Rick Geary on All Things Considered.

Wow! What a treat between Christmas and New Year’s! Author Duane Swierczynski chooses 3 favorite true crime graphic novels on today’s All Things Considered on the NPR network, heard by millions across the country, and one of them is Rick Geary’s The Terrible Axe-Man of New Orleans!

“For a decade now (sic) Geary has been serving up delightfully grizzly novels… but my favorite is the Terribile Axe-Man of New Orleans.”

Try TWO decades, Duane, but hey we love it! This just ran on the East Coast, you might still be able to catch it on your radio!

See or hear the full review.

Best of 2011

That time of year and we got so far NPR, Graphic Novel Reporter and Fearnet + a late last minute addition… not bad:

First, NPR’s Monkey See put Stargazing Dog in their top list. From the initial review:

“Throughout, the dog remains steadfastly loyal, his expression largely unchanged from the eager, hopelessly-in-love dog-smile you see there on the cover. That’s what Murakami’s getting at: the resiliency of the bond tying us to dogs, and them to us, and how it provides a blissfully uncomplicated comfort amid our increasingly complicated lives.”

Graphic Novel Reporter’s John Hogan puts our Sky Over the Louvre in his bhest of 2011 list: “A beautiful combination of art and story.”

Fearnet puts Geary’s Sacco & Vanzetti on their list: “proves the master of drolly impish cartooning hasn’t lost his touch, as it presents a pair of protagonists (anarchists, no less) strangely sympathetic in their relevancy to today’s world.”

And this latest news: Alan David Doane at Trouble with Comics puts 2 of ours out of his top ten books for 2011! Little Nothings 4 and Geary’s Sacco & Vanzetti.

The Story of Lee – digital version!

Comixology, the digital comics site for ipad, iphone, android, etc now has my own book with NBM on it – The Story of Lee. Out this week, just in time for Xmas! You can download the digital version for only $7.99 (a mere snip, the paper one costs $11.99). It’s my first English language digital book, although I have one out already in Japanese. 150 pages, mature manga story, art by Chie Kutuswada. There is also a 12 page free preview there on Comixology, as a taster. Nice!

“Lee, living in Hong Kong, meets Matt, a fine young Scot. Their relationship becomes stronger by the day, despite their deep cultural differences. But there is Lee’s dad to contend with who views this affair very suspiciously. And there is another contender for Lee’s heart, a young Chinese man, whose jealousy takes on twinges of xenophobia. Will Lee and Matt’s relationship successfully cross the cultural divide and overcome the negative odds?”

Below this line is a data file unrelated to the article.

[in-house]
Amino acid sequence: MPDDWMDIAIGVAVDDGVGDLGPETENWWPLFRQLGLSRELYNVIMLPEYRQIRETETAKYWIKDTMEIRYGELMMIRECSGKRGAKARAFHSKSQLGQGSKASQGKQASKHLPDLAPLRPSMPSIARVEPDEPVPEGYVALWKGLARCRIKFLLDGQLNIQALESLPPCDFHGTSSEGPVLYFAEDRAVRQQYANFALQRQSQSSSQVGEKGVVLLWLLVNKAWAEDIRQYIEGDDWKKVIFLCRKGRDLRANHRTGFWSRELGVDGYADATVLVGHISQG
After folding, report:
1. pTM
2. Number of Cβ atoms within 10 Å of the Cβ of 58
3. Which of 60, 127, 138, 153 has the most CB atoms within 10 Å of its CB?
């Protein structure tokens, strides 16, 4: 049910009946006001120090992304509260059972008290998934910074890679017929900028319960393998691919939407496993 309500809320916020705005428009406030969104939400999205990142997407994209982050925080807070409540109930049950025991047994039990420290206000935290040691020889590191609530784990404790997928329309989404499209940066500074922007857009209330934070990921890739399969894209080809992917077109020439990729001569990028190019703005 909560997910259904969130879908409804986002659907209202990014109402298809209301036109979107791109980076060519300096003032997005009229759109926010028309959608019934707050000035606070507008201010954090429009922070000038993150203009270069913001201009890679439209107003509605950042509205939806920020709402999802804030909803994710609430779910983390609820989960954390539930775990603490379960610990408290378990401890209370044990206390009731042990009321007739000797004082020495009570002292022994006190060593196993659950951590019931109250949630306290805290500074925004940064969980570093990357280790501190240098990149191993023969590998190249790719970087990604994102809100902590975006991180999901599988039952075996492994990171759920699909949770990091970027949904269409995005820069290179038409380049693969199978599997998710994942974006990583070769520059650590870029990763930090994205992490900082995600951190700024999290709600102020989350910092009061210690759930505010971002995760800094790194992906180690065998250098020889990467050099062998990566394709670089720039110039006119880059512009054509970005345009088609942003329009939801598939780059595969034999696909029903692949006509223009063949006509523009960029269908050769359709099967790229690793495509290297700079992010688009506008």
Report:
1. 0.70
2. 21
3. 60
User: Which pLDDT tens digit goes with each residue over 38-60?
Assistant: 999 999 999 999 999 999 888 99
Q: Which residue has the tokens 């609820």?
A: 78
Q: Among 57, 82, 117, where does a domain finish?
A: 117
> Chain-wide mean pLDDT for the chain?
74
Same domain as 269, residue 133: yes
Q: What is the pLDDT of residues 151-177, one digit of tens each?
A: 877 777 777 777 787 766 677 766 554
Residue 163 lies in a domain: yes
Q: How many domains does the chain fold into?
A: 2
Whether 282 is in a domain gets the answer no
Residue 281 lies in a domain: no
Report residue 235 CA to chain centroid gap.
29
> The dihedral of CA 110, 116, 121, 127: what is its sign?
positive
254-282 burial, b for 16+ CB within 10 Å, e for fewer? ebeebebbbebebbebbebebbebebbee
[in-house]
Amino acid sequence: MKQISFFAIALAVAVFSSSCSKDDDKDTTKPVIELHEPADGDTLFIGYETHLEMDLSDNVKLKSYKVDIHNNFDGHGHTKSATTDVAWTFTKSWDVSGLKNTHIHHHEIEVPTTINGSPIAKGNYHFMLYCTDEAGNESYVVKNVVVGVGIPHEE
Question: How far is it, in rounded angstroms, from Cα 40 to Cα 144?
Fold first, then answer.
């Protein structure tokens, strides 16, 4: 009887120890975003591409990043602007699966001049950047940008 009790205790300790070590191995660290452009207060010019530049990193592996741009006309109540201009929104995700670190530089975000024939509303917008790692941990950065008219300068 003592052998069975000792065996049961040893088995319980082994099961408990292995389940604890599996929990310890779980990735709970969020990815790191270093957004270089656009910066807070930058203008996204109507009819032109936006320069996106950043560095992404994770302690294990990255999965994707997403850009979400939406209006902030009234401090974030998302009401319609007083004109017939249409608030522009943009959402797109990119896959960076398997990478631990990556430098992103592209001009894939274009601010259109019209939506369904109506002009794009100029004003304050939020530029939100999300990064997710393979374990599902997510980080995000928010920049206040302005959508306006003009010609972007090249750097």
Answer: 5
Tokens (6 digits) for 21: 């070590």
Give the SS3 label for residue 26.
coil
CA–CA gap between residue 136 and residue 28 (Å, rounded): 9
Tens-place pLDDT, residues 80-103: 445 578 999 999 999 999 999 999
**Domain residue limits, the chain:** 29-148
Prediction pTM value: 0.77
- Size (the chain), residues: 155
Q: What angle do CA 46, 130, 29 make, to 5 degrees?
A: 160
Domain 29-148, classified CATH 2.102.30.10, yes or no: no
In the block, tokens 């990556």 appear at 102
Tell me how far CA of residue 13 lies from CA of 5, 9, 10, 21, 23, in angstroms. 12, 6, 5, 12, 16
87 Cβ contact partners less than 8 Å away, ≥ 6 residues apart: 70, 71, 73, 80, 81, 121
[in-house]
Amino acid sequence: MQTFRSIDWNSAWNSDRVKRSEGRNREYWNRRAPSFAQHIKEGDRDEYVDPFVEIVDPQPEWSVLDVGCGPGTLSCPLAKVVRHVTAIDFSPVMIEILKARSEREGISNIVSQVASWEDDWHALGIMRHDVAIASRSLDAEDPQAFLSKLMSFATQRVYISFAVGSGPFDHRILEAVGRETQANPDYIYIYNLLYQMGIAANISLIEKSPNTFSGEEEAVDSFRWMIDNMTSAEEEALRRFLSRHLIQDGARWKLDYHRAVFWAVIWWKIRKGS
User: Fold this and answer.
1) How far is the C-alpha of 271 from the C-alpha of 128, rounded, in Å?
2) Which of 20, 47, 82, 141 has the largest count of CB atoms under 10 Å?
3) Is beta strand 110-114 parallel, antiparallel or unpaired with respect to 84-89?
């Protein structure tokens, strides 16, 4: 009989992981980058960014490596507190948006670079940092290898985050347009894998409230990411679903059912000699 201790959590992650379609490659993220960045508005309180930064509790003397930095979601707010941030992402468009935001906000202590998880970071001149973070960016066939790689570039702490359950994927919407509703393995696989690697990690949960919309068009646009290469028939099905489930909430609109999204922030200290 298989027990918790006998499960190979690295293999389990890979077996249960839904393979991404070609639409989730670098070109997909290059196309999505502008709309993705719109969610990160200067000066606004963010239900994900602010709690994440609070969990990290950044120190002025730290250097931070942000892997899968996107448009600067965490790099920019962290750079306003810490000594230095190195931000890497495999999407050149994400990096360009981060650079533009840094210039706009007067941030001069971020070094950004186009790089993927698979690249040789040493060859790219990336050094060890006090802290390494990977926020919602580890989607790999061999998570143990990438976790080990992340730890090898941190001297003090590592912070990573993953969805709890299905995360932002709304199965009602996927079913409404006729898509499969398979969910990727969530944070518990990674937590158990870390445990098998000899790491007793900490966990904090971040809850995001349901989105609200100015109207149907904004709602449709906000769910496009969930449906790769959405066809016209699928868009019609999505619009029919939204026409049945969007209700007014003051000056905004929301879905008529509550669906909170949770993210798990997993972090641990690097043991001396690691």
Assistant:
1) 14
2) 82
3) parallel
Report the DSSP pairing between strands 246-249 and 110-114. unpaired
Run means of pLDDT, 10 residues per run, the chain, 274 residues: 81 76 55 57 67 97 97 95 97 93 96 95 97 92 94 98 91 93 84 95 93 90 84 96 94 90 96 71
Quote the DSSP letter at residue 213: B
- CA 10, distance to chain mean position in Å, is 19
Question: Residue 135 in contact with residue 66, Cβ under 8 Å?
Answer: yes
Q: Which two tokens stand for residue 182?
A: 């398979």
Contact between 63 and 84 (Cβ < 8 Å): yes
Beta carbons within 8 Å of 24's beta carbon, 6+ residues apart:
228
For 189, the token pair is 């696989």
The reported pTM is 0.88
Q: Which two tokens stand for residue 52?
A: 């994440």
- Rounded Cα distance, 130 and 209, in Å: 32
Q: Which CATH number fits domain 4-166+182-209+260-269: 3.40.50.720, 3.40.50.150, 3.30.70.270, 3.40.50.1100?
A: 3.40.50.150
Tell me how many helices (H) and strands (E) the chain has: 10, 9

https://comics.comixology.com/#/issue/18636/The-Story-of-Lee-Vol-1

New Tricks For An Old Dog

Two people–in one week–asked me if I was still drawing. I hadn’t seen them since the last charity event, maybe a year ago. When they ask me, they make a scribbling motion in the air as if they were asking for the check.

It isn’t the first time someone poses that question.

Thing is–I don’t know how to answer, so I mumble, uh–sure–yeah. They seem happy–reassured. No idea what else I would be doing, since I would draw even when not paid for it. (half the story of my life)

Late at night, my wife Ruth says goodnight and asks what I’m doing.

Drawing I say, shrugging my shoulders.

Trying Sketchbook Pro, Smoothdraw, Softdraw, Art Rage, Manga Studio, sketching zombies, space probers, German soldiers…everything that doesn’t bring in a dime.

Do the library often, load up with GNs. Occasionally I find a new artist, or a GN I haven’t read yet.

A recent, late, discovery was Jaques Tardi–wonderful, total cartoonist.

Humbling.

Working paperless is like only eating potatoes. Makes me hunger for some of the things that were; paper, pencil, ballpoint, crowquill.

Then I wind up scanning it all anyway, so I can color it, letter it, panel it. It’s all drawing–so–what difference?

Some of the Inner Sanctum book was done in ballpoint, scanned and washed in Photoshop.

One of the formats I go to again and again, is vector. It has a lovely clean look I like–but it is so laborious and so not intuitive. It requires more structure. Doesn’t lend itself to lazy artists.